Adventures in Fasting

I tried fasting, and instead of insights I got irritable.
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What happens when you put a spiritual leader on a long, restricted diet? First you get a few complaints, and then this insightful essay, reprinted from CHRISTIANITY TODAY's sister publication LEADERSHIP: A Practical Journal for Church Leaders. The author is Ben Patterson, dean of the chapel at Hope College in Holland, Michigan.

Someone said the prospect of standing before a firing squad marvelously focuses one's mind. Other things can have the same effect—like the telephone call from a friend last March in which he told me, "Perhaps the Lord is leading us to fast for 40 days."

Us? I hate to fast. I'd tried fasting, and instead of insights I got irritable.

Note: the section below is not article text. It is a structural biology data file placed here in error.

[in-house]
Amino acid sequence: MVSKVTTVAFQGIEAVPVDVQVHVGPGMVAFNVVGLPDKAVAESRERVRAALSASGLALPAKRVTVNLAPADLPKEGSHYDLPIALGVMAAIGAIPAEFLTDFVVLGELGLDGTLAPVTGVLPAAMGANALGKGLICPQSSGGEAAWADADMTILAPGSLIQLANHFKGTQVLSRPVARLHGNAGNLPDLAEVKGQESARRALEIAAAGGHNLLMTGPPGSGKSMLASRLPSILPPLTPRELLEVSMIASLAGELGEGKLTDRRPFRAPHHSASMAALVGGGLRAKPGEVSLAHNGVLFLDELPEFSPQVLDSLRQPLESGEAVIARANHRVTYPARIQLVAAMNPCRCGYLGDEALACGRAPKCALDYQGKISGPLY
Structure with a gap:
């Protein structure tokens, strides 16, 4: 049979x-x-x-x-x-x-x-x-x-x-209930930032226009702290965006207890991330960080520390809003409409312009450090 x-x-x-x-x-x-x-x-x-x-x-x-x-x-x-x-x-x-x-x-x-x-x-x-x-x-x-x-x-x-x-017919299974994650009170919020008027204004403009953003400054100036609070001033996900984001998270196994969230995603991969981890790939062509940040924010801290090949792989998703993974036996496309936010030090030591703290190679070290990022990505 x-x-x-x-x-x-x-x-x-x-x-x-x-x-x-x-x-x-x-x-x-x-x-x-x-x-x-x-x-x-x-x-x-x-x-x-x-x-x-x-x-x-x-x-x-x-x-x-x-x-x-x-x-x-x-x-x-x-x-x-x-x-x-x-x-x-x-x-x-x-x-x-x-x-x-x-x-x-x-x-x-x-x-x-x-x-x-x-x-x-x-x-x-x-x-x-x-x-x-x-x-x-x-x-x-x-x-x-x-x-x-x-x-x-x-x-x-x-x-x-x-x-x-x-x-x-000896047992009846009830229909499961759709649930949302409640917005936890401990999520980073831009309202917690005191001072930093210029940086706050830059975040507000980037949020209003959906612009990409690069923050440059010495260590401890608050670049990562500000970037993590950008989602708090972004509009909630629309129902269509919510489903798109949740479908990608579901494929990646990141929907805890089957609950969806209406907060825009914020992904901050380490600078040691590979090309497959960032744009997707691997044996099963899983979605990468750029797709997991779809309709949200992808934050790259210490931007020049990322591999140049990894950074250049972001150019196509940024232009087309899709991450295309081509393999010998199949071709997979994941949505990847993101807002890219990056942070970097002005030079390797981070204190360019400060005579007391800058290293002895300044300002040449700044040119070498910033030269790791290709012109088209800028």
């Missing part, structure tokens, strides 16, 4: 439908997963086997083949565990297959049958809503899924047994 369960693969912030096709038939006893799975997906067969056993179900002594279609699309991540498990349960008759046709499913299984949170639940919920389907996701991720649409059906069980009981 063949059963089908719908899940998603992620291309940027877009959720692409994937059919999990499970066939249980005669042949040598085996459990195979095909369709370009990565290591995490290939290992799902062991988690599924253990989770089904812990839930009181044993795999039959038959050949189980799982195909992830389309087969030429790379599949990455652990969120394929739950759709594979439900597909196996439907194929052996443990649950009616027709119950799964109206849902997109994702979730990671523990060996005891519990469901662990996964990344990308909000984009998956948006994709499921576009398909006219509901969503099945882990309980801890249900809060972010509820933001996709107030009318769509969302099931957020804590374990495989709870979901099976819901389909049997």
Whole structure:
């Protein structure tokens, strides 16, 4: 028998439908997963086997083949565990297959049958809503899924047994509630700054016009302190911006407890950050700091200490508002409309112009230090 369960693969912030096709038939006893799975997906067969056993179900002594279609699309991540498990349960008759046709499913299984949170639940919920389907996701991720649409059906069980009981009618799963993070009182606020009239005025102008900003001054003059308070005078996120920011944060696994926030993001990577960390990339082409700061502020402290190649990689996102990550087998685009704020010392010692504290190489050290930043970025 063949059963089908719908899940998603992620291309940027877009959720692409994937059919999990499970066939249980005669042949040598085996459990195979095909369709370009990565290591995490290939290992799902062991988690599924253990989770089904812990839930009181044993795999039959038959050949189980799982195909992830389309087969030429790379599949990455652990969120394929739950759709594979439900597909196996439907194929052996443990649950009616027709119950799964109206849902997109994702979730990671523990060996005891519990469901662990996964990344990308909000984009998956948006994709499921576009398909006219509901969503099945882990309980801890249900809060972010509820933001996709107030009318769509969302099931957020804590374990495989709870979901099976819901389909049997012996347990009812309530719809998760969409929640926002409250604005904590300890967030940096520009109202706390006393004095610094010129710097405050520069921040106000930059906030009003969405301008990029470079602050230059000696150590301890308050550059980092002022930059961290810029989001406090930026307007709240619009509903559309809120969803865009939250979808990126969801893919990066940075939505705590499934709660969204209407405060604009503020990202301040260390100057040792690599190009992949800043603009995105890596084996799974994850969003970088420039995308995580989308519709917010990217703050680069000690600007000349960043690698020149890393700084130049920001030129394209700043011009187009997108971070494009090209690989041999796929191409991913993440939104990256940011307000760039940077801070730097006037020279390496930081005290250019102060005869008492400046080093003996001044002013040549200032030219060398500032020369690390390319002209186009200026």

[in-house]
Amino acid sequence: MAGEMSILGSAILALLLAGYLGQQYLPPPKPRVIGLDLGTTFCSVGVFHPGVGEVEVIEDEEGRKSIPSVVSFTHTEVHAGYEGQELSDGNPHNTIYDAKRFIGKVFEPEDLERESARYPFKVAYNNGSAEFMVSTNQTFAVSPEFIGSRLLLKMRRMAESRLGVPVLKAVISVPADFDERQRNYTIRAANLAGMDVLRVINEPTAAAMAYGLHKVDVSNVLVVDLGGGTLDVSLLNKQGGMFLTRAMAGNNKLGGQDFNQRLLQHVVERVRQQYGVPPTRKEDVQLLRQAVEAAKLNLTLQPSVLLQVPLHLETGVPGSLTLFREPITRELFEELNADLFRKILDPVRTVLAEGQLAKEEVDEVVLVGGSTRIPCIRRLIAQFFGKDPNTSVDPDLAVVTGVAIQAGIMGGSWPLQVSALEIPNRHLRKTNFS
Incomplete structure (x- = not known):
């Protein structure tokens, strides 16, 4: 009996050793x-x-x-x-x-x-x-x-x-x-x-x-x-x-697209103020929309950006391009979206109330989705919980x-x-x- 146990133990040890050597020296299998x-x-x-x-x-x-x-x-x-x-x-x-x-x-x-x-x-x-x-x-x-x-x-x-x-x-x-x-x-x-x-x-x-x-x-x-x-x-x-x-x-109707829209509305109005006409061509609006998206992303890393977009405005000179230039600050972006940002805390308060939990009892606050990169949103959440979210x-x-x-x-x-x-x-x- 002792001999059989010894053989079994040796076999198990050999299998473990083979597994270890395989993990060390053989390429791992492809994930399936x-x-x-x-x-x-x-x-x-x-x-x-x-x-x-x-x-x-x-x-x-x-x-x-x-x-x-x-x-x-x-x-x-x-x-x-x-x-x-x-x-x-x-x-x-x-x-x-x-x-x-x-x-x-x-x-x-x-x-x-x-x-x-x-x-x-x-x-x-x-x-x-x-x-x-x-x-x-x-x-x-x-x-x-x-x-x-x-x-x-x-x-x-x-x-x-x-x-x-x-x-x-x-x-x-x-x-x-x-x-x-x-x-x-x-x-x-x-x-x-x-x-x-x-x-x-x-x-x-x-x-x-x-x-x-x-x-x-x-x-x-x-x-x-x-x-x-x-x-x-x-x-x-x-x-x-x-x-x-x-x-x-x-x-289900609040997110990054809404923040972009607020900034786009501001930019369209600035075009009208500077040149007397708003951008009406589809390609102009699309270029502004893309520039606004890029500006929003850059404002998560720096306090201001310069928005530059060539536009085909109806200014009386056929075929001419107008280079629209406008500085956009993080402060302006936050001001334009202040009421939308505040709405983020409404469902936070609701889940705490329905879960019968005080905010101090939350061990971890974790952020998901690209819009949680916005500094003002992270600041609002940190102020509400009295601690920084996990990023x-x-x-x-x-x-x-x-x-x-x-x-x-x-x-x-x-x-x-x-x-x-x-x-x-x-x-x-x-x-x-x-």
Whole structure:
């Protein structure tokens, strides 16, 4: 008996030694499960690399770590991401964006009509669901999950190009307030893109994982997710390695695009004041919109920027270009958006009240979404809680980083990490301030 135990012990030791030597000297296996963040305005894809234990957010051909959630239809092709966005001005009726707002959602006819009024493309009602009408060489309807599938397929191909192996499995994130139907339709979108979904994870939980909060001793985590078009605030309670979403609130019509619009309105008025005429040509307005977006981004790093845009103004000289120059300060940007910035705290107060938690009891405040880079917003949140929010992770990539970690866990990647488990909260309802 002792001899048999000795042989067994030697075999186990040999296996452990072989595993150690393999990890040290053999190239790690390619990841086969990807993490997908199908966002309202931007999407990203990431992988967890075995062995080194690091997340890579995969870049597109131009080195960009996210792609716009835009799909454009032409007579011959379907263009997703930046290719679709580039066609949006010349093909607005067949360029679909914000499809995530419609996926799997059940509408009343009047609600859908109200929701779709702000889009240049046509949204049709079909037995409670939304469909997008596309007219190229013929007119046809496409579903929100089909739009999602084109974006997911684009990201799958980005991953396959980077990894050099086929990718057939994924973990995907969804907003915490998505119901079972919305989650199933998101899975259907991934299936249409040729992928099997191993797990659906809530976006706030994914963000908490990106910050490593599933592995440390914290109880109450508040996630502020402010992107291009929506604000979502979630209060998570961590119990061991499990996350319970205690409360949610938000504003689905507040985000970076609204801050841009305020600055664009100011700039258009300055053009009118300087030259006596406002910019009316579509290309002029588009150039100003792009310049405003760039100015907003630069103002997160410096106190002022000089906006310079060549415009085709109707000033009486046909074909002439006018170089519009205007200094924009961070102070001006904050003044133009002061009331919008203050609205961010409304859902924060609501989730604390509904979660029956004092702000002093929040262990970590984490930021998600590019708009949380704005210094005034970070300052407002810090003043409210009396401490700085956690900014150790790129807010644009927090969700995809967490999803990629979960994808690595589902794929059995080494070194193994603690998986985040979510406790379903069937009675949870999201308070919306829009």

When Bill Bright reported on his 40-day fast, I held him in awe—the same detached awe I have for someone who can run a mile in under four minutes. It's amazing he can do it, but it would be futile for me even to try.

My friend's call got my attention. As I prayed, the unwelcome conviction grew that a 40-day fast was precisely what God was asking of us. So we covenanted with 30 or 40 people to fast for the 40 days leading up to Pentecost.

The purpose would be to fast and pray for the two things Jonathan Edwards urged the churches of eighteenth-century New England to pray for: the spiritual awakening of the church in our town and beyond, and the spread of the kingdom of God worldwide. The mode of the fast would vary from person to person. Some would take only juices. My wife and I would do a "Daniel" fast and eat only fruits, vegetables, and grains—no meats, fats, or sugar. From time to time during the fast, as the Lord led, we too would have a day of juice only. Whenever possible, we who had covenanted to fast would meet for an hour of prayer on Friday mornings. ...

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